A foreign object in the ear can cause pain, infection and hearing loss. Usually you know if an object is stuck in your ear, but small children may not be aware of it.

If an object becomes lodged in the ear:

  • Don’t probe the ear with a tool such as a cotton swab or matchstick. You risk pushing the object farther in and damaging the ear.
  • Remove the object if possible. If the object is clearly visible, pliable and can be grasped easily with tweezers, gently remove it.
  • Try using gravity. Tilt the head to the affected side to try to dislodge the object.
  • Try using oil for an insect. If the foreign object is an insect, tilt the person’s head so that the ear with the insect is upward. Try to float the insect out by pouring mineral oil, olive oil or baby oil into the ear. The oil should be warm, but not hot. Don’t use oil to remove an object other than an insect. Don’t use this method for a child if ear tubes are in place or if you think the eardrum may be perforated. Signs and symptoms of a perforated eardrum are pain, bleeding or discharge from the ear.
  • Try washing the object out. Use a rubber-bulb ear syringe and warm water to irrigate the object out of the canal, again provided no ear tubes are in place and you don’t suspect the eardrum is perforated.

If these methods fail or the person continues to experience pain, discharge from the ear canal, reduced hearing or a sensation of something lodged in the ear, seek medical assistance.

What are some other types of ear emergencies?

  • Ruptured tympanic membrane (eardrum) can be a result of foreign bodies, middle ear infection, or pressure trauma to the ear. Often the patient feels pain, notices a thin bloody discharge from the ear, and has a decreased sense of hearing. If a person experiences these symptoms and thinks the eardrum may be ruptured or damaged, keep the ear dry, and seek medical care. Do not place cotton swabs, liquids, or other objects in ear.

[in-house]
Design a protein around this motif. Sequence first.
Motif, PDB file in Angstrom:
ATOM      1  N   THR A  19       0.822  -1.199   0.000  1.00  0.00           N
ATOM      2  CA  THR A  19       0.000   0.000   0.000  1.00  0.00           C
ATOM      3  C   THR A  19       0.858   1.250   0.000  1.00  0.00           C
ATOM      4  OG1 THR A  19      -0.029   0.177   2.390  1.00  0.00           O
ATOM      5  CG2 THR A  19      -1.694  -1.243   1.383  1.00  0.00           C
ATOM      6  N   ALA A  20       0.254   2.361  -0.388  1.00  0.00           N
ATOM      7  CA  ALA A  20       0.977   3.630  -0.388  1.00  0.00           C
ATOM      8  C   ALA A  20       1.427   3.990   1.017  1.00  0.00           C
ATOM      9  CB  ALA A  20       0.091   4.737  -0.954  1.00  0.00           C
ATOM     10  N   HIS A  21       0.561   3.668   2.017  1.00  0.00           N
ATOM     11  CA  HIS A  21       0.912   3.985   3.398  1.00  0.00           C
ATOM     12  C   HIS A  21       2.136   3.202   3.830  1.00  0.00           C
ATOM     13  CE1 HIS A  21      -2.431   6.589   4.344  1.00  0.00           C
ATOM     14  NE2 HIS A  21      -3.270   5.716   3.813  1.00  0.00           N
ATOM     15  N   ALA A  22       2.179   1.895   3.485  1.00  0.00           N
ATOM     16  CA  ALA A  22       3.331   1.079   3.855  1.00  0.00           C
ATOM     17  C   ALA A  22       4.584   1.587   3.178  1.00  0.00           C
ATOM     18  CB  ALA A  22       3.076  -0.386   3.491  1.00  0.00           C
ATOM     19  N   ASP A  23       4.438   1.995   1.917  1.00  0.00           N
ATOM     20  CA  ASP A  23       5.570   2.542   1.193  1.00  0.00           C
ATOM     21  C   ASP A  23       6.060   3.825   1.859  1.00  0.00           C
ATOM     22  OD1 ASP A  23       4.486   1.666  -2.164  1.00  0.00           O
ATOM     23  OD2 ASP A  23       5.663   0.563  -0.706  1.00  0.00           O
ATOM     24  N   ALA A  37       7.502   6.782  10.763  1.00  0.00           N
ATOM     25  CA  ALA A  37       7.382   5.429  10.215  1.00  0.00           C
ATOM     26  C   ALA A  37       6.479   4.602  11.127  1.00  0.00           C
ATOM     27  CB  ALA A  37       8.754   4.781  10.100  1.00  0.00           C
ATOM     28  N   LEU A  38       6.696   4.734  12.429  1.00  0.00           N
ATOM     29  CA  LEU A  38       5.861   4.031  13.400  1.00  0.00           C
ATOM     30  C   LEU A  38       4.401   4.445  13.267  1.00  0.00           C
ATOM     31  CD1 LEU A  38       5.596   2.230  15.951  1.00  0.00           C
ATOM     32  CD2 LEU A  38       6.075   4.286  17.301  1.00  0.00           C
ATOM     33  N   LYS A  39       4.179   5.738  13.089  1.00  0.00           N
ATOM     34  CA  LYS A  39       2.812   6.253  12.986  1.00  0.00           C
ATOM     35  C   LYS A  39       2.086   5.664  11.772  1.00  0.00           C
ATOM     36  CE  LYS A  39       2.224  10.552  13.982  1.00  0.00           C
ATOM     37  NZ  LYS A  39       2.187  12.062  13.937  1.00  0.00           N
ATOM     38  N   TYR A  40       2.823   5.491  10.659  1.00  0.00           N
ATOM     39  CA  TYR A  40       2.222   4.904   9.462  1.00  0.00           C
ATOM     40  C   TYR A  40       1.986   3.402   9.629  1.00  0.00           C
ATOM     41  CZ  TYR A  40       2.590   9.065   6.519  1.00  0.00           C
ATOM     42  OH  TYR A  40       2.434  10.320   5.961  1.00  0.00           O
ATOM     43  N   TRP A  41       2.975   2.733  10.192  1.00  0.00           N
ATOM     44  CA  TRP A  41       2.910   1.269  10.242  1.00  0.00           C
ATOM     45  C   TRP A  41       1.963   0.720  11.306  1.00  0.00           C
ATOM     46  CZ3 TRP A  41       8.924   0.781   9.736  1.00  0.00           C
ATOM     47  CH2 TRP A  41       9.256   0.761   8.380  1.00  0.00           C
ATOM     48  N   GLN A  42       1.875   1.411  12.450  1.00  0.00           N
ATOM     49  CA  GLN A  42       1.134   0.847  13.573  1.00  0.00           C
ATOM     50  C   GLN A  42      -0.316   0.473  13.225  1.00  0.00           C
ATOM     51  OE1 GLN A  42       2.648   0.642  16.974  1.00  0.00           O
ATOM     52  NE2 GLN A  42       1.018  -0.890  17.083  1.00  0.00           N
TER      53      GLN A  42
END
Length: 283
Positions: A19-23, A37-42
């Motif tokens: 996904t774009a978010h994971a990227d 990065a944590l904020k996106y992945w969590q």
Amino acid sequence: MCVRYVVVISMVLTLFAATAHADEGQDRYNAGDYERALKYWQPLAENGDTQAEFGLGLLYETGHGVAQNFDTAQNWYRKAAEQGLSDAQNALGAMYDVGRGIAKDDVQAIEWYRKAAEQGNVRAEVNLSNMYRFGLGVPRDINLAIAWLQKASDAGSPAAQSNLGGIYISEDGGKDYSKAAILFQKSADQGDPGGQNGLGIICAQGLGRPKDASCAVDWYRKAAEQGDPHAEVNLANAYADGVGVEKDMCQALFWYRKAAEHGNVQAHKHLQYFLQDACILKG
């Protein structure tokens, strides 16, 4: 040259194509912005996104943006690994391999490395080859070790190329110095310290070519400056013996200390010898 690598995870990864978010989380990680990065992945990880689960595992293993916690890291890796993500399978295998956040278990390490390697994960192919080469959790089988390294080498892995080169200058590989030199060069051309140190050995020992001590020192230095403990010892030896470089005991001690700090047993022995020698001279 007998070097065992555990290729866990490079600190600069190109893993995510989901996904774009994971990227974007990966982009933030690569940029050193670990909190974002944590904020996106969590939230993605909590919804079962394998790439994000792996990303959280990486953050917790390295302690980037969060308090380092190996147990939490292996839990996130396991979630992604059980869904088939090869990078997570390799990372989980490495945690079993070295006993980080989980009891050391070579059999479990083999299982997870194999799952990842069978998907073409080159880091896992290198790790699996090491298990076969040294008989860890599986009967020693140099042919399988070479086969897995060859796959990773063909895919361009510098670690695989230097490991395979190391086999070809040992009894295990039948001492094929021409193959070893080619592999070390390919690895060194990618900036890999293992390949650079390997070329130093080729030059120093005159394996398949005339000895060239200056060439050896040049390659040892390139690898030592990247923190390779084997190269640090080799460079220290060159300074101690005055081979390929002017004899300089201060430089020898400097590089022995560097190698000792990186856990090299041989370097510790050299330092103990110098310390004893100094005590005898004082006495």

• Acute otitis externa (swimmer’s ear) is an infection of the outer ear canal that is usually caused by irritation of the canal skin that is made worse by water remaining in the ear canal after swimming or bathing. Cellulitis (skin infection) causes the ear canal to turn red and swell. The ear becomes very painful and a thin yellow fluid (infected pus) comes out of the canal. Some patients experience pain with mouth opening and chewing because of inflammation in the ear canal. The infection can spread to the side of the face or the lymph glands in the neck. Treatment of swimmer’s ear includes antibiotic drops and, in severe cases, IV or oral antibiotics.
  • Earwax impaction is usually a harmless cause of decreased hearing. Wax is formed in the ear canals naturally. Individuals who over-aggressively clean their ears with cotton swabs can push wax further into the canal, impacting (compressing) it against the ear drum. Over-the-counter (OTC) products, like carbamide peroxide (Auro, Debrox, Murine Earwax Drops) can be used to clean the ear regularly. If the wax impaction is causing pain, decreased hearing or dizziness, a doctor can irrigate (flush) the wax out of the ear gently with warm water and peroxide. If a person has chronic problems with earwax buildup, discuss long-term solutions with an ear, nose, and throat (ENT) specialist (an otolaryngologist).